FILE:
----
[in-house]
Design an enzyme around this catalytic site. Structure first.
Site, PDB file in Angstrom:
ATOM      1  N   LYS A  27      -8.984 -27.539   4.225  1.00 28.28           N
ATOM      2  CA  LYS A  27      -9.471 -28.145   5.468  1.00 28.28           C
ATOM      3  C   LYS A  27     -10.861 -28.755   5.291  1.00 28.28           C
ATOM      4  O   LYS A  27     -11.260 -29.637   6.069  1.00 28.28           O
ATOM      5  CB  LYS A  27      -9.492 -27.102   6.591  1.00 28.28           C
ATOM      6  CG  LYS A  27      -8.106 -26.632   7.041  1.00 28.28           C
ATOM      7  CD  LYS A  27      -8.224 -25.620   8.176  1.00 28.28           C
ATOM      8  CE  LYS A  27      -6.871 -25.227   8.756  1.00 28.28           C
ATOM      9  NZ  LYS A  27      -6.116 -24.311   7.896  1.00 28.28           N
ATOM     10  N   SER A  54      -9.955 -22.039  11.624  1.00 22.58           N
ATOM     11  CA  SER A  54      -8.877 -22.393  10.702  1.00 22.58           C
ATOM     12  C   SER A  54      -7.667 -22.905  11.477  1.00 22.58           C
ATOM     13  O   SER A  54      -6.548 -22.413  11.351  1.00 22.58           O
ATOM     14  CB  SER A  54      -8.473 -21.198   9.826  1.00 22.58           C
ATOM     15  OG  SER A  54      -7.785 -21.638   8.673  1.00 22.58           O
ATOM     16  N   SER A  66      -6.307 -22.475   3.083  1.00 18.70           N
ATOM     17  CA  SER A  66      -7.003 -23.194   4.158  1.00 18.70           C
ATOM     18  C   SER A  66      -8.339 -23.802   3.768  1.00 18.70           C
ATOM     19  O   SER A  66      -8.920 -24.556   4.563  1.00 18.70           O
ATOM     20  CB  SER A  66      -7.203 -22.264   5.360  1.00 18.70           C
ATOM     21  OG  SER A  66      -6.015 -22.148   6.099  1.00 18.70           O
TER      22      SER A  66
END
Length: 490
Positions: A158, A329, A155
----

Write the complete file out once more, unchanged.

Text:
[in-house]
Design an enzyme around this catalytic site. Structure first.
Site, PDB file in Angstrom:
ATOM      1  N   LYS A  27      -8.984 -27.539   4.225  1.00 28.28           N
ATOM      2  CA  LYS A  27      -9.471 -28.145   5.468  1.00 28.28           C
ATOM      3  C   LYS A  27     -10.861 -28.755   5.291  1.00 28.28           C
ATOM      4  O   LYS A  27     -11.260 -29.637   6.069  1.00 28.28           O
ATOM      5  CB  LYS A  27      -9.492 -27.102   6.591  1.00 28.28           C
ATOM      6  CG  LYS A  27      -8.106 -26.632   7.041  1.00 28.28           C
ATOM      7  CD  LYS A  27      -8.224 -25.620   8.176  1.00 28.28           C
ATOM      8  CE  LYS A  27      -6.871 -25.227   8.756  1.00 28.28           C
ATOM      9  NZ  LYS A  27      -6.116 -24.311   7.896  1.00 28.28           N
ATOM     10  N   SER A  54      -9.955 -22.039  11.624  1.00 22.58           N
ATOM     11  CA  SER A  54      -8.877 -22.393  10.702  1.00 22.58           C
ATOM     12  C   SER A  54      -7.667 -22.905  11.477  1.00 22.58           C
ATOM     13  O   SER A  54      -6.548 -22.413  11.351  1.00 22.58           O
ATOM     14  CB  SER A  54      -8.473 -21.198   9.826  1.00 22.58           C
ATOM     15  OG  SER A  54      -7.785 -21.638   8.673  1.00 22.58           O
ATOM     16  N   SER A  66      -6.307 -22.475   3.083  1.00 18.70           N
ATOM     17  CA  SER A  66      -7.003 -23.194   4.158  1.00 18.70           C
ATOM     18  C   SER A  66      -8.339 -23.802   3.768  1.00 18.70           C
ATOM     19  O   SER A  66      -8.920 -24.556   4.563  1.00 18.70           O
ATOM     20  CB  SER A  66      -7.203 -22.264   5.360  1.00 18.70           C
ATOM     21  OG  SER A  66      -6.015 -22.148   6.099  1.00 18.70           O
TER      22      SER A  66
END
Length: 490
Positions: A158, A329, A155